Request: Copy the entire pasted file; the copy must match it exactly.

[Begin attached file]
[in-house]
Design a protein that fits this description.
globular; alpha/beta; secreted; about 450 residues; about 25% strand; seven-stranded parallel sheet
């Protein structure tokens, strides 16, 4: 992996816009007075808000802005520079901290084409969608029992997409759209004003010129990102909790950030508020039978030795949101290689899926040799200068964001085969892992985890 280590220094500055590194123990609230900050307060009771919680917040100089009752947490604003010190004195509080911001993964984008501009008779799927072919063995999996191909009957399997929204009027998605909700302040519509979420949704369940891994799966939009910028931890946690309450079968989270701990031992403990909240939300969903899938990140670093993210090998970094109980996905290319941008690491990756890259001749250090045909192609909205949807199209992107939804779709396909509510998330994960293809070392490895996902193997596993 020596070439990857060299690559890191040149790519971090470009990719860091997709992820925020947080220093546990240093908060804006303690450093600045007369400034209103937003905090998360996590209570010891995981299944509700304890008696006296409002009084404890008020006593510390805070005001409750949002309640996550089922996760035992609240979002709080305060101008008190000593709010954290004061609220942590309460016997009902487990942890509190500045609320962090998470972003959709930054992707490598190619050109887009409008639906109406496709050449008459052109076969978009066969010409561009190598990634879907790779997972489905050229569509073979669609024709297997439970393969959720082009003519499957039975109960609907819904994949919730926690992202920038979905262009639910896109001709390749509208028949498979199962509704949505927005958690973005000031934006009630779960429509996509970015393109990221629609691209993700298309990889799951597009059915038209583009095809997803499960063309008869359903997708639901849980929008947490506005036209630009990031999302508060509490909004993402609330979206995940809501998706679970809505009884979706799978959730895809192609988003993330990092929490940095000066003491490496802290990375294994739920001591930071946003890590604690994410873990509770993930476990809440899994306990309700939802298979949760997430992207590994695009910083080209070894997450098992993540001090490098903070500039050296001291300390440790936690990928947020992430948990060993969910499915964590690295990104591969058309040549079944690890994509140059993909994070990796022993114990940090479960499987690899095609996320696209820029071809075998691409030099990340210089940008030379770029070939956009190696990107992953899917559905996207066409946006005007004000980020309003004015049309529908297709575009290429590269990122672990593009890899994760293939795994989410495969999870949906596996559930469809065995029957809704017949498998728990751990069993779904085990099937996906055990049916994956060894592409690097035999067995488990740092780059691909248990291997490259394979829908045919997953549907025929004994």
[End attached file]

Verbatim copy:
[in-house]
Design a protein that fits this description.
globular; alpha/beta; secreted; about 450 residues; about 25% strand; seven-stranded parallel sheet
């Protein structure tokens, strides 16, 4: 992996816009007075808000802005520079901290084409969608029992997409759209004003010129990102909790950030508020039978030795949101290689899926040799200068964001085969892992985890 280590220094500055590194123990609230900050307060009771919680917040100089009752947490604003010190004195509080911001993964984008501009008779799927072919063995999996191909009957399997929204009027998605909700302040519509979420949704369940891994799966939009910028931890946690309450079968989270701990031992403990909240939300969903899938990140670093993210090998970094109980996905290319941008690491990756890259001749250090045909192609909205949807199209992107939804779709396909509510998330994960293809070392490895996902193997596993 020596070439990857060299690559890191040149790519971090470009990719860091997709992820925020947080220093546990240093908060804006303690450093600045007369400034209103937003905090998360996590209570010891995981299944509700304890008696006296409002009084404890008020006593510390805070005001409750949002309640996550089922996760035992609240979002709080305060101008008190000593709010954290004061609220942590309460016997009902487990942890509190500045609320962090998470972003959709930054992707490598190619050109887009409008639906109406496709050449008459052109076969978009066969010409561009190598990634879907790779997972489905050229569509073979669609024709297997439970393969959720082009003519499957039975109960609907819904994949919730926690992202920038979905262009639910896109001709390749509208028949498979199962509704949505927005958690973005000031934006009630779960429509996509970015393109990221629609691209993700298309990889799951597009059915038209583009095809997803499960063309008869359903997708639901849980929008947490506005036209630009990031999302508060509490909004993402609330979206995940809501998706679970809505009884979706799978959730895809192609988003993330990092929490940095000066003491490496802290990375294994739920001591930071946003890590604690994410873990509770993930476990809440899994306990309700939802298979949760997430992207590994695009910083080209070894997450098992993540001090490098903070500039050296001291300390440790936690990928947020992430948990060993969910499915964590690295990104591969058309040549079944690890994509140059993909994070990796022993114990940090479960499987690899095609996320696209820029071809075998691409030099990340210089940008030379770029070939956009190696990107992953899917559905996207066409946006005007004000980020309003004015049309529908297709575009290429590269990122672990593009890899994760293939795994989410495969999870949906596996559930469809065995029957809704017949498998728990751990069993779904085990099937996906055990049916994956060894592409690097035999067995488990740092780059691909248990291997490259394979829908045919997953549907025929004994």